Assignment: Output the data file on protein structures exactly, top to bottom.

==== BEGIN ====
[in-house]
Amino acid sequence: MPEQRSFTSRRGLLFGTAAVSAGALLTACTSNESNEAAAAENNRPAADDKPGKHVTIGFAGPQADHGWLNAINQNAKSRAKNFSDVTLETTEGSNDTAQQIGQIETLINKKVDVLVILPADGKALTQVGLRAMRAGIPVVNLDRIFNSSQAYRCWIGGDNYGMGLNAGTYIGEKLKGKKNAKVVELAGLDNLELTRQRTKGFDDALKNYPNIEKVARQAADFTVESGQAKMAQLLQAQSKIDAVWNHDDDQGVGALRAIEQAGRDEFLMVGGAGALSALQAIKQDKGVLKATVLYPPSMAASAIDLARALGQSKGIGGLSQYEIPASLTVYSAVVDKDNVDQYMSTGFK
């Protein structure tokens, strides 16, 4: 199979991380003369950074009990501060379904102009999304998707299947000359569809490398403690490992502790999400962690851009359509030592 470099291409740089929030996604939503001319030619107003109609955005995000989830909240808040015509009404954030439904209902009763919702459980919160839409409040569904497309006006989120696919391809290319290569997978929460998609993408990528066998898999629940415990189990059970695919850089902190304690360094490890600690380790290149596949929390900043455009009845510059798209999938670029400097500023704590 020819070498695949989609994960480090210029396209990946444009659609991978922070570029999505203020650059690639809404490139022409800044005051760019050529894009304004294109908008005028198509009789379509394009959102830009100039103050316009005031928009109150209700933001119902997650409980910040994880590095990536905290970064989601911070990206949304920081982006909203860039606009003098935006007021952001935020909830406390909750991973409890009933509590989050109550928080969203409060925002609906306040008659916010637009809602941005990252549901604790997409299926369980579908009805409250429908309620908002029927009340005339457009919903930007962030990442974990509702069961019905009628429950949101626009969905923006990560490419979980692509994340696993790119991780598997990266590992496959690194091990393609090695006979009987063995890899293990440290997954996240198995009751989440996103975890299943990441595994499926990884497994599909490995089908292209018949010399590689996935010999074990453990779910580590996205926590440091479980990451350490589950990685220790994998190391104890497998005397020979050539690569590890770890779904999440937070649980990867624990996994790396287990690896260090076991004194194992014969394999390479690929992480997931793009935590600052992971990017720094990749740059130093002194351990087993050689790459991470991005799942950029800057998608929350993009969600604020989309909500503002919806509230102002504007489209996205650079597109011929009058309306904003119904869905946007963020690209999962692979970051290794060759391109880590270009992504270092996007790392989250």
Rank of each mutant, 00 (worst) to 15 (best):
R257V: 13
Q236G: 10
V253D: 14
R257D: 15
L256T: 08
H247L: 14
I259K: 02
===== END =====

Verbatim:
[in-house]
Amino acid sequence: MPEQRSFTSRRGLLFGTAAVSAGALLTACTSNESNEAAAAENNRPAADDKPGKHVTIGFAGPQADHGWLNAINQNAKSRAKNFSDVTLETTEGSNDTAQQIGQIETLINKKVDVLVILPADGKALTQVGLRAMRAGIPVVNLDRIFNSSQAYRCWIGGDNYGMGLNAGTYIGEKLKGKKNAKVVELAGLDNLELTRQRTKGFDDALKNYPNIEKVARQAADFTVESGQAKMAQLLQAQSKIDAVWNHDDDQGVGALRAIEQAGRDEFLMVGGAGALSALQAIKQDKGVLKATVLYPPSMAASAIDLARALGQSKGIGGLSQYEIPASLTVYSAVVDKDNVDQYMSTGFK
């Protein structure tokens, strides 16, 4: 199979991380003369950074009990501060379904102009999304998707299947000359569809490398403690490992502790999400962690851009359509030592 470099291409740089929030996604939503001319030619107003109609955005995000989830909240808040015509009404954030439904209902009763919702459980919160839409409040569904497309006006989120696919391809290319290569997978929460998609993408990528066998898999629940415990189990059970695919850089902190304690360094490890600690380790290149596949929390900043455009009845510059798209999938670029400097500023704590 020819070498695949989609994960480090210029396209990946444009659609991978922070570029999505203020650059690639809404490139022409800044005051760019050529894009304004294109908008005028198509009789379509394009959102830009100039103050316009005031928009109150209700933001119902997650409980910040994880590095990536905290970064989601911070990206949304920081982006909203860039606009003098935006007021952001935020909830406390909750991973409890009933509590989050109550928080969203409060925002609906306040008659916010637009809602941005990252549901604790997409299926369980579908009805409250429908309620908002029927009340005339457009919903930007962030990442974990509702069961019905009628429950949101626009969905923006990560490419979980692509994340696993790119991780598997990266590992496959690194091990393609090695006979009987063995890899293990440290997954996240198995009751989440996103975890299943990441595994499926990884497994599909490995089908292209018949010399590689996935010999074990453990779910580590996205926590440091479980990451350490589950990685220790994998190391104890497998005397020979050539690569590890770890779904999440937070649980990867624990996994790396287990690896260090076991004194194992014969394999390479690929992480997931793009935590600052992971990017720094990749740059130093002194351990087993050689790459991470991005799942950029800057998608929350993009969600604020989309909500503002919806509230102002504007489209996205650079597109011929009058309306904003119904869905946007963020690209999962692979970051290794060759391109880590270009992504270092996007790392989250």
Rank of each mutant, 00 (worst) to 15 (best):
R257V: 13
Q236G: 10
V253D: 14
R257D: 15
L256T: 08
H247L: 14
I259K: 02